Judge rules to stop nautical practice blamed for polluting waterways

Lawsuit against EPA focuses on ballast water

April 03, 2005|By NEW YORK TIMES NEWS SERVICE

SAN FRANCISCO - A judge has ordered repeal of a federal regulation that has allowed ships to discharge ballast water freely into U.S. harbors and coastal waters.

U.S. District Judge Susan Illston said last week that the 1972 Clean Water Act prohibits the practice.

Government and other reports have identified ballast water as the main source for the spread of invasive foreign species - more than 500 of them - that have been ruining U.S. wetlands and driving out native marine plant and animal life.

The Ocean Conservancy, one of six environmental groups that sued in U.S. District Court here, said the order handed down Wednesday "will prevent a vast amount of pollutants from the shipping industry from entering U.S. waters."

A Justice Department spokesman said lawyers were discussing the government's next steps with the U.S. Environmental Protection Agency, the defendant in the lawsuit.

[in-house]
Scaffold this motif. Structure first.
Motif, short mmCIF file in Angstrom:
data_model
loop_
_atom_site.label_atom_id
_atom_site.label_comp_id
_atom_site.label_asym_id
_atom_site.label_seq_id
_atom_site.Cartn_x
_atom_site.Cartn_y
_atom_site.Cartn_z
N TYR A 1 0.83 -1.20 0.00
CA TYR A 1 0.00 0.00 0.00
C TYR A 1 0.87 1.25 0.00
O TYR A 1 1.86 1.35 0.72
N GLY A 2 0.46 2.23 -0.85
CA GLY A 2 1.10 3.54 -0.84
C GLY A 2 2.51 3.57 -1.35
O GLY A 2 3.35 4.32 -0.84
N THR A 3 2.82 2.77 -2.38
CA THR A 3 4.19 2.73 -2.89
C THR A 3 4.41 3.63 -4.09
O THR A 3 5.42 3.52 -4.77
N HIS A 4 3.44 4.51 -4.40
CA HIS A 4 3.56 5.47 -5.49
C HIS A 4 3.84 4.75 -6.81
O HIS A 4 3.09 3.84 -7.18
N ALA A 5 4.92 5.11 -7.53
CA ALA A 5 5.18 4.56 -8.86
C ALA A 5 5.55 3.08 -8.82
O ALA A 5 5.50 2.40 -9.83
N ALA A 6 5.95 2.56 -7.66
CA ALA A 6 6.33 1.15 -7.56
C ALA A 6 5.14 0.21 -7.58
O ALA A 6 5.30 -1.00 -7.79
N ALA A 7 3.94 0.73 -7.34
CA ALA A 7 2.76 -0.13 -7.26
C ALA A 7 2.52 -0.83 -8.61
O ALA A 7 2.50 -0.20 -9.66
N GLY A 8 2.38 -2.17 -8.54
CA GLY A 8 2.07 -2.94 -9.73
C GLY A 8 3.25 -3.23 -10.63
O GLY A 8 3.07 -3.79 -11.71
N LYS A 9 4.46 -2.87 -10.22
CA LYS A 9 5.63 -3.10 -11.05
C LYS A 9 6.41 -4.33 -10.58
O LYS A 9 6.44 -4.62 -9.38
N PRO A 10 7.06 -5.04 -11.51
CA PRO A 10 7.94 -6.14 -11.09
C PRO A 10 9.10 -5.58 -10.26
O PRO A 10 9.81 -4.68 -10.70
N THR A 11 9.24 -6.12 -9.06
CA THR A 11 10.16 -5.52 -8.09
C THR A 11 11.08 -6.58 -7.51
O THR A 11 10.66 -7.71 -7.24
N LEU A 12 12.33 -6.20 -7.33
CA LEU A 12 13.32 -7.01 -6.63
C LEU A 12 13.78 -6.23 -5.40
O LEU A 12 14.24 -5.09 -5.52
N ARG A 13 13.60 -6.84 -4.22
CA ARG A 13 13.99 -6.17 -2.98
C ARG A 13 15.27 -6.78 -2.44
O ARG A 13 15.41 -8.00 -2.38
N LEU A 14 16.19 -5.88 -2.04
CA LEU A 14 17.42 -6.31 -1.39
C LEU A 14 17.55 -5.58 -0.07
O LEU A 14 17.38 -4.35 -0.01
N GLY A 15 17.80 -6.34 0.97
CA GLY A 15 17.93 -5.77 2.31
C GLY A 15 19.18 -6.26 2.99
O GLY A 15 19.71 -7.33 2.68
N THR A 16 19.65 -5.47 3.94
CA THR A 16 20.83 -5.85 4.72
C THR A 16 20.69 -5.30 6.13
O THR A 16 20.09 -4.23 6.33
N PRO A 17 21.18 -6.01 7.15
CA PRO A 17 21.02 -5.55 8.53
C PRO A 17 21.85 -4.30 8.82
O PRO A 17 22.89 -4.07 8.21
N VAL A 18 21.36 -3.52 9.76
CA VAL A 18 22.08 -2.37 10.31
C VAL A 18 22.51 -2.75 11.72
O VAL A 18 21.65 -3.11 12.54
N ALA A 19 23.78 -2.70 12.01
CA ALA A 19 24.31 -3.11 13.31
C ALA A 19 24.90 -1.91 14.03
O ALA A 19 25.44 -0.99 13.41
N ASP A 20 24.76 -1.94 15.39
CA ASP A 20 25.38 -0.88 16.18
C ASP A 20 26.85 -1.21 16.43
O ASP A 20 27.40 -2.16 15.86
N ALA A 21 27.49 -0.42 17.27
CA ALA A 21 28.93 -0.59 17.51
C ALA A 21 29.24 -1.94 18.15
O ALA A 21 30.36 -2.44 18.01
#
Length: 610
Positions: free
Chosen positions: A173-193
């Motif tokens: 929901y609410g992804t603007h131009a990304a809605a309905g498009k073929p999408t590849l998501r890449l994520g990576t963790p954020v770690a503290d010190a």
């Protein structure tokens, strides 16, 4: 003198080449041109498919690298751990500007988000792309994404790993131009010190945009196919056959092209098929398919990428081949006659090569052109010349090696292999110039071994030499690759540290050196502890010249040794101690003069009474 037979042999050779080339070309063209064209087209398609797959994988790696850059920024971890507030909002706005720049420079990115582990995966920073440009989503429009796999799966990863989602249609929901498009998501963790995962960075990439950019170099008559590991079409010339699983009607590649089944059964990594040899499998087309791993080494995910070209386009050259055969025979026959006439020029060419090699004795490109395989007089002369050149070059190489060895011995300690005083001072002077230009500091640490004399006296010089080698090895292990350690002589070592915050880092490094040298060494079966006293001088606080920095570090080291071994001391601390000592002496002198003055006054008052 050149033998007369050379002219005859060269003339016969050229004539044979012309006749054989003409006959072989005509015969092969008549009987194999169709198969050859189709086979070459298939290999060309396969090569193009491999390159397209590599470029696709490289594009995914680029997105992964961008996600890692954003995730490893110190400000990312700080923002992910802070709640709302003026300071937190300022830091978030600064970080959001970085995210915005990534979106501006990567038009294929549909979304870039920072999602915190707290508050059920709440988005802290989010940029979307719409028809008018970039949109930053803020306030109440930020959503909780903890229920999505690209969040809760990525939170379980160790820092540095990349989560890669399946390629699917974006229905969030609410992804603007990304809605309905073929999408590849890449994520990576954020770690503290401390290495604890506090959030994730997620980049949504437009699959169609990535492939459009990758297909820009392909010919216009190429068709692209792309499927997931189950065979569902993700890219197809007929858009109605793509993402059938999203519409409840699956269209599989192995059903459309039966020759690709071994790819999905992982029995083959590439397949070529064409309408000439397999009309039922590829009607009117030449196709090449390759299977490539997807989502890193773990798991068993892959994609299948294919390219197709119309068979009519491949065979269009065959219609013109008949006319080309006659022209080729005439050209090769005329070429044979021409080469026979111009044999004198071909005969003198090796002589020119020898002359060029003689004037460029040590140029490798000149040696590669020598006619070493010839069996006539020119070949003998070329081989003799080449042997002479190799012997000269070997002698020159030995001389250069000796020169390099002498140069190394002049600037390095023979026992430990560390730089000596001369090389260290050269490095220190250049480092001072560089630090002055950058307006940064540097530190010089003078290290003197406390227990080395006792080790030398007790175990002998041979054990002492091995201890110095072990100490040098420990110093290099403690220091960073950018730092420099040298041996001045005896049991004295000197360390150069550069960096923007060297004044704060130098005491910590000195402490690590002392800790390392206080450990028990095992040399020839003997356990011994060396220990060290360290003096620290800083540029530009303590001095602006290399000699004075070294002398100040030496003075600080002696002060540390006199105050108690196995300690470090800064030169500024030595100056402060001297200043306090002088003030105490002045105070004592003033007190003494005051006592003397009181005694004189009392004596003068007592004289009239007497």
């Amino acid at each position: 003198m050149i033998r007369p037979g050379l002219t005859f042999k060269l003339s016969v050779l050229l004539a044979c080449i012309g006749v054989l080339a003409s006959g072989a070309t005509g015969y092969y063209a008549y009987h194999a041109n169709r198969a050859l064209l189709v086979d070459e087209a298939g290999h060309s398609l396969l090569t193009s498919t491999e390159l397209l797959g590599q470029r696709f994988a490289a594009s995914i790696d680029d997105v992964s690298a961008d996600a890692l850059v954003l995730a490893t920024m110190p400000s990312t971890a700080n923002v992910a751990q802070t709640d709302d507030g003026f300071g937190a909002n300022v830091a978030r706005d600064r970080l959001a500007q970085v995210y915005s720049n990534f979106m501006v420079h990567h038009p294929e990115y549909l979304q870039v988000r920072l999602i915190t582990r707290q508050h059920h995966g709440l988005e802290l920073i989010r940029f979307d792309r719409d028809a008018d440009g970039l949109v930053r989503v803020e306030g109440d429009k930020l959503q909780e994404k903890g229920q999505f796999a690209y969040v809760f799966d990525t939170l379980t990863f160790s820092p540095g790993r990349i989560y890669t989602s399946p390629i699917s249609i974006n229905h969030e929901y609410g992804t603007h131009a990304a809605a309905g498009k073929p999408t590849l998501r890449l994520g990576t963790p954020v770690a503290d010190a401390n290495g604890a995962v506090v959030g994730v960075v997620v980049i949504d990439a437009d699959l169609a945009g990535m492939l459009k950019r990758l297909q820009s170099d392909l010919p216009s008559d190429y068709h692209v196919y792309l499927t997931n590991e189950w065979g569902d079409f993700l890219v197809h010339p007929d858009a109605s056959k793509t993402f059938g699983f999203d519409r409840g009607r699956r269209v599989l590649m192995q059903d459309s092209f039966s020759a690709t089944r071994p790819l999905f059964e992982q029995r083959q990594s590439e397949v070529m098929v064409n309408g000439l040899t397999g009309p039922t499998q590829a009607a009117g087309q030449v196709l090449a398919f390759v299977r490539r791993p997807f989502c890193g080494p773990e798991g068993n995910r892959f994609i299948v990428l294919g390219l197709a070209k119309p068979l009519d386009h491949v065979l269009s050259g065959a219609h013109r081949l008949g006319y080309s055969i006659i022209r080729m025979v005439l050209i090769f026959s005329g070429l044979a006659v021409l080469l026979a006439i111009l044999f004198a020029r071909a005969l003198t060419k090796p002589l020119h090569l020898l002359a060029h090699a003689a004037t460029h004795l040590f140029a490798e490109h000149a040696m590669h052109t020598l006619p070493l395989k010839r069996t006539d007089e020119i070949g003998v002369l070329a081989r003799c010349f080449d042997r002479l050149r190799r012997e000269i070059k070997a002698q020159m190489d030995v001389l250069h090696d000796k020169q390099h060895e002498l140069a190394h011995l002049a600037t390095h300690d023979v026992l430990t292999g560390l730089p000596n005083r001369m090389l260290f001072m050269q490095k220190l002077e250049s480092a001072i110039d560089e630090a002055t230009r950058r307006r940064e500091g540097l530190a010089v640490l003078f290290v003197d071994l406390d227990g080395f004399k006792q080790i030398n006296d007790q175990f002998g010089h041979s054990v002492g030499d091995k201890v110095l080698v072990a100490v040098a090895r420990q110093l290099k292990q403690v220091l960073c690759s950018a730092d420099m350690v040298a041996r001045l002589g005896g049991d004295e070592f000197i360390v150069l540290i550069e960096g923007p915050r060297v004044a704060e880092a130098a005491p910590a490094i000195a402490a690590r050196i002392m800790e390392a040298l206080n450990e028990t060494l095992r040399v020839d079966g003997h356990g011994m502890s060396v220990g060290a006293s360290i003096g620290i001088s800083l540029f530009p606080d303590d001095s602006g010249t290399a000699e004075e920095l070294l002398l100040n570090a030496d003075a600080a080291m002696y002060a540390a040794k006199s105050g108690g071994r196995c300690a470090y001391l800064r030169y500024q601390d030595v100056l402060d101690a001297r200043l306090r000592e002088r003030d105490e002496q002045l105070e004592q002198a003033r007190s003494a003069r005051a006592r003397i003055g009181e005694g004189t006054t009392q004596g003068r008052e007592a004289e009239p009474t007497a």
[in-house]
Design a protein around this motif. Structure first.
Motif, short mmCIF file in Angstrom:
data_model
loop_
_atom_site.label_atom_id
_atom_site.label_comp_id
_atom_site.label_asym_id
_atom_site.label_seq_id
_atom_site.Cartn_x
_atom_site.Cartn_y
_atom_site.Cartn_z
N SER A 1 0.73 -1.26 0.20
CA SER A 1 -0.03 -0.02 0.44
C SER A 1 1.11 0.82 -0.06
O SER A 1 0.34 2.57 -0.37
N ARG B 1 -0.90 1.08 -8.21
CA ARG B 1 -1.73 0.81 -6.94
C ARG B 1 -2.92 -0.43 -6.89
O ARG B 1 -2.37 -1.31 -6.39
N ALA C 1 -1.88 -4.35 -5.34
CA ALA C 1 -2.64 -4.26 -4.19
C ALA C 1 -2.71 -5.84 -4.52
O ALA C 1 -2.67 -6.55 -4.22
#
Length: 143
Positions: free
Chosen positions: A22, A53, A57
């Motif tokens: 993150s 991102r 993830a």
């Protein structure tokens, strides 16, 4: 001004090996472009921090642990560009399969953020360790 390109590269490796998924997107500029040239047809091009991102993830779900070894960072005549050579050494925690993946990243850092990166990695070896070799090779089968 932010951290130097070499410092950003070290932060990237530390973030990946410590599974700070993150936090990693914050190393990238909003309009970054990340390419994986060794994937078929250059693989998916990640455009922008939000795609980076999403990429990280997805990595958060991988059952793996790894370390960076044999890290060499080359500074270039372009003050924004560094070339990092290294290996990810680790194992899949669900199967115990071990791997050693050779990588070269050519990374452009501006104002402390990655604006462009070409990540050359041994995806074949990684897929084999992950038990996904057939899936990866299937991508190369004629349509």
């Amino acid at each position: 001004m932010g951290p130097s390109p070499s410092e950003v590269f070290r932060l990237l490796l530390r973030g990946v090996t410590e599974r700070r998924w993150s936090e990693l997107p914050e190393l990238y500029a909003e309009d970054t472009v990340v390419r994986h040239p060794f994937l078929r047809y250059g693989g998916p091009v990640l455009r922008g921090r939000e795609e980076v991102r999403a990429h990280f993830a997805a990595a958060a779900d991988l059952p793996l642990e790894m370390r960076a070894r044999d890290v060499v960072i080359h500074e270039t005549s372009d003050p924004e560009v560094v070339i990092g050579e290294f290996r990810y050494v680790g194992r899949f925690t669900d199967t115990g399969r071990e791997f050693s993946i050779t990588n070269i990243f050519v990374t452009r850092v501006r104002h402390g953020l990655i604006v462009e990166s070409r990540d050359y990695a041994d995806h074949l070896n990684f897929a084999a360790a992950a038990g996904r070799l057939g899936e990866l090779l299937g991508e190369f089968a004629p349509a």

Illston's opinion relied on a Clean Water Act provision that requires a permit before a ship may discharge any biological or other pollutant into navigable U.S. waters.

The EPA, which enforces the water law, has long exempted by regulation the dumping of ballast water, calling it "incidental to the normal operation of a vessel." Ships take on or dump ballast water as needed to compensate for weight changes as cargo is loaded or unloaded.

The agency maintained that Congress had acquiesced to the exemption by failing to register objections to it over many years.

After the agency turned down a repeal petition in 2003, the environmental groups sued.

Their focus was San Francisco Bay and the Great Lakes, but the decision, unless reversed on appeal, will apply nationally.

Illston said the EPA exemption contradicted the clear meaning of the statute and exceeded the agency's regulatory authority.

She quoted EPA estimates that more than 21 billion gallons of ballast are discharged annually into the nation's waters.

An agency report said "more than 10,000 marine species each day hitch rides around the globe in the ballast water of cargo ships."

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